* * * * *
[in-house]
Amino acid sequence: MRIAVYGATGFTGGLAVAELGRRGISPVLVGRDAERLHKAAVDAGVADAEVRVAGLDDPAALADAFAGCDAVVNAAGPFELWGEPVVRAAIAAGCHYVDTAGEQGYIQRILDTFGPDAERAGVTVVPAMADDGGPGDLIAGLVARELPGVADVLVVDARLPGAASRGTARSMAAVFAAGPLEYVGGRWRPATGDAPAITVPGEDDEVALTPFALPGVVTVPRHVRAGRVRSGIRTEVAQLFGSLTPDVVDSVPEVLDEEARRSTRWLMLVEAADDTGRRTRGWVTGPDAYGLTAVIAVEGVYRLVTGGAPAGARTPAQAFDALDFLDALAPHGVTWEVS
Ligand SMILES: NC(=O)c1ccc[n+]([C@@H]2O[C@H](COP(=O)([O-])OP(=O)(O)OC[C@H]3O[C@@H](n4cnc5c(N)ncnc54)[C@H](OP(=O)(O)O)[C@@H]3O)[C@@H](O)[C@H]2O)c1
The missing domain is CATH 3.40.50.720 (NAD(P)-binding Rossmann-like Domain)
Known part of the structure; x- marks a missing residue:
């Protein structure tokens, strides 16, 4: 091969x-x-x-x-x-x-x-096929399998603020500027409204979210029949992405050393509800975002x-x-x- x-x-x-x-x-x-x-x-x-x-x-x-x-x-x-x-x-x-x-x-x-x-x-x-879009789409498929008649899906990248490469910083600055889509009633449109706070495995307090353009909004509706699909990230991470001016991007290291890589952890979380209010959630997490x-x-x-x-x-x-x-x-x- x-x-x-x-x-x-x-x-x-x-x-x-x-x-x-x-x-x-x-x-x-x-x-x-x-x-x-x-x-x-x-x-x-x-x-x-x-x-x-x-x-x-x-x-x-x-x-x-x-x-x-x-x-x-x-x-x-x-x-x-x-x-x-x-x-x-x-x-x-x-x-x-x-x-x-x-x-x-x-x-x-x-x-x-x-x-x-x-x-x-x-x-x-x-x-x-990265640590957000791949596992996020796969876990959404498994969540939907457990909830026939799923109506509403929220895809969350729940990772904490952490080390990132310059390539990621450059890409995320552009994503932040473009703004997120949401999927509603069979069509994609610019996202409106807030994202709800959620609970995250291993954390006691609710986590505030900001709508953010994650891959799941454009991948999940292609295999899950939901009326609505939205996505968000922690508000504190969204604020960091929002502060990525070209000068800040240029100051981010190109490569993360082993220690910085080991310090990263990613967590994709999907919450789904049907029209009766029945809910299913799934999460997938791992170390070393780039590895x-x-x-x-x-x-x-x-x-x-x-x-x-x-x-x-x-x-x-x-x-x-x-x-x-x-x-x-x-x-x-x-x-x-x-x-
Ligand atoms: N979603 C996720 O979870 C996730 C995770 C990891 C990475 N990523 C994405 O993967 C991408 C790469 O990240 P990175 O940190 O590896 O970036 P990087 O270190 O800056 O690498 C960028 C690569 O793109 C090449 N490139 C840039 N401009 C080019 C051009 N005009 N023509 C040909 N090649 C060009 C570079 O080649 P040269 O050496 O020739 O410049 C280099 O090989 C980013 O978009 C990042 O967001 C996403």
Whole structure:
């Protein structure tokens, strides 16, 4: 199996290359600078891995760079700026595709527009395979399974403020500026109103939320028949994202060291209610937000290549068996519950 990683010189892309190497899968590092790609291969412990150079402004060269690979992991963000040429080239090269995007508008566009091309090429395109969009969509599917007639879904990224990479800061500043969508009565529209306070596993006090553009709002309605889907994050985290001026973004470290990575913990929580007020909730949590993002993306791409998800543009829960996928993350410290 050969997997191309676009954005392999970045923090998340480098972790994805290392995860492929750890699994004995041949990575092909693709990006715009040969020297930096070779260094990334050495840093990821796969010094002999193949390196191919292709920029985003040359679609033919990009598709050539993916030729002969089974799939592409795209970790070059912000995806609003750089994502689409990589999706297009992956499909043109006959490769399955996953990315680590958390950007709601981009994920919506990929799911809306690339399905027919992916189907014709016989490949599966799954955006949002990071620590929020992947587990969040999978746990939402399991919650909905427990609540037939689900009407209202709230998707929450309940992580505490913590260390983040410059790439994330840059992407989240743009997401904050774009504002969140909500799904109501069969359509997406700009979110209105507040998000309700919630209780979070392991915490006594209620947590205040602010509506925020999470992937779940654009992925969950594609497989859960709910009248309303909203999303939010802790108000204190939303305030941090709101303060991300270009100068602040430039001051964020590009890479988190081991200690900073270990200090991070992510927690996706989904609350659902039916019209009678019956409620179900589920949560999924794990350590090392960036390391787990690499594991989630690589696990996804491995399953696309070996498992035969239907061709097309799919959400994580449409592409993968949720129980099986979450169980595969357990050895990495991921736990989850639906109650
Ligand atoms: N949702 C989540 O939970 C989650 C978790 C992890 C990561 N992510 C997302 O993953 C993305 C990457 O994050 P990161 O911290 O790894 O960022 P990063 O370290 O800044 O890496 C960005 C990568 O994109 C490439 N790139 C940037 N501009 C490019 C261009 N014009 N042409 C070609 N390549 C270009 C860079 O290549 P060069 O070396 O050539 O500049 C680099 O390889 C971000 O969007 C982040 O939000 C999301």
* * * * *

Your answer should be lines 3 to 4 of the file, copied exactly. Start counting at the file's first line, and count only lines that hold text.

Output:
Ligand SMILES: NC(=O)c1ccc[n+]([C@@H]2O[C@H](COP(=O)([O-])OP(=O)(O)OC[C@H]3O[C@@H](n4cnc5c(N)ncnc54)[C@H](OP(=O)(O)O)[C@@H]3O)[C@@H](O)[C@H]2O)c1
The missing domain is CATH 3.40.50.720 (NAD(P)-binding Rossmann-like Domain)